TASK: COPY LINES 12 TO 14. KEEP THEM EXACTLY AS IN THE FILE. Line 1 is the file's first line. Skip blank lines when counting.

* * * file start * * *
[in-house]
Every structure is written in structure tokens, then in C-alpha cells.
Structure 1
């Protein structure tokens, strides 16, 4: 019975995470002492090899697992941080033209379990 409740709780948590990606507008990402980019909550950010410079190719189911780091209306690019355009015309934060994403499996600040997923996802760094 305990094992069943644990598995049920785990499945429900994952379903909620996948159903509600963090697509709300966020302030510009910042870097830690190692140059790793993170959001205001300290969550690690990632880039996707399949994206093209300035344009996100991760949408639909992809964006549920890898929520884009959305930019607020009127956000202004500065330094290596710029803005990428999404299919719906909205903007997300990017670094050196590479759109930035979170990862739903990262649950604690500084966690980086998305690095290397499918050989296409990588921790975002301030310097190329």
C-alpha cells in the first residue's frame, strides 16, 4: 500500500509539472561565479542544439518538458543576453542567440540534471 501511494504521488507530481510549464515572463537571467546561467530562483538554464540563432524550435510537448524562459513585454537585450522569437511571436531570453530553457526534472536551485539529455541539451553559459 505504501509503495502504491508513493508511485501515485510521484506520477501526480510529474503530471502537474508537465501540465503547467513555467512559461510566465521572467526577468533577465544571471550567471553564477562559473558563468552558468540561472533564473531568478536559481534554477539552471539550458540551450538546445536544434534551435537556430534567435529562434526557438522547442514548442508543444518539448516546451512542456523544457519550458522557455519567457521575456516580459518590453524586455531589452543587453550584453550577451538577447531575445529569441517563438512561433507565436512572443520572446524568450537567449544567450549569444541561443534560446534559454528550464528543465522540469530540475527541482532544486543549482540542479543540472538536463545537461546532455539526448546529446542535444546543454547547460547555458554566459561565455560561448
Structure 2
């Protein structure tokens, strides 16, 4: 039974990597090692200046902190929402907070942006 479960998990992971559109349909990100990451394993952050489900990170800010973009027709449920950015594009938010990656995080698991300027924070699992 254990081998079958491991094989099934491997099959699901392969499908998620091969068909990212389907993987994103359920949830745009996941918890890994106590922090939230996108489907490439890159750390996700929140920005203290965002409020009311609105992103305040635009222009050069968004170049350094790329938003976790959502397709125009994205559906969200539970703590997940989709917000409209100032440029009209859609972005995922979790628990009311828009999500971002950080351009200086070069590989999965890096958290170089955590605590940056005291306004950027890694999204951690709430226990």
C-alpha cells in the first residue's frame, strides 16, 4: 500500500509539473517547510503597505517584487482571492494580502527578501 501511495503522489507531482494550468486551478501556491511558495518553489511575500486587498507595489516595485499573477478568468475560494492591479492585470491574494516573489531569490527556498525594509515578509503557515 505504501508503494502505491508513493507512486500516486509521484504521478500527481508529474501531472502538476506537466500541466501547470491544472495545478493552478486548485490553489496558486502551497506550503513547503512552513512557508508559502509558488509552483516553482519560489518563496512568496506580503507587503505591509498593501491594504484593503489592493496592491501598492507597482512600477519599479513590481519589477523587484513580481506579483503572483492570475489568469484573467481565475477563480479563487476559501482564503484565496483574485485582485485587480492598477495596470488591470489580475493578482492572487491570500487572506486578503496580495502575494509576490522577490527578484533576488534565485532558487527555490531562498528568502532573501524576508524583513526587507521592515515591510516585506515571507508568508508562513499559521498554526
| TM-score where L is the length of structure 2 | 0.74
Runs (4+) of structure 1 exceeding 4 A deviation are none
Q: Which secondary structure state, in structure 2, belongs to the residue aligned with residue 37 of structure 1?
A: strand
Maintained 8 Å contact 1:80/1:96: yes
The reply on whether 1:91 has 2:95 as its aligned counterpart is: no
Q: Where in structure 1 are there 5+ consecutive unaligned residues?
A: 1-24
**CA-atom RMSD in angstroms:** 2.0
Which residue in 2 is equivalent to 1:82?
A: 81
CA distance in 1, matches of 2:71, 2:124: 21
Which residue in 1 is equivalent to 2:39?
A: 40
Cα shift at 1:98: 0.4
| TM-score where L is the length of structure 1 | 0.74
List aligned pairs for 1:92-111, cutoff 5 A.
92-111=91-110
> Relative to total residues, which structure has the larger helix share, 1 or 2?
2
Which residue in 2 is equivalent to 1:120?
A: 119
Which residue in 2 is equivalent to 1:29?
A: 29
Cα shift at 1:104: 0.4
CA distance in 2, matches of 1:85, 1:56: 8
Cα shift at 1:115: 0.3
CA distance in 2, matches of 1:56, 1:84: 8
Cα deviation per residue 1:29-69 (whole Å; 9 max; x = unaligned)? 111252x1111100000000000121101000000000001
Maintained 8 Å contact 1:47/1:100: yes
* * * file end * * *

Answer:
A: strand
Maintained 8 Å contact 1:80/1:96: yes
The reply on whether 1:91 has 2:95 as its aligned counterpart is: no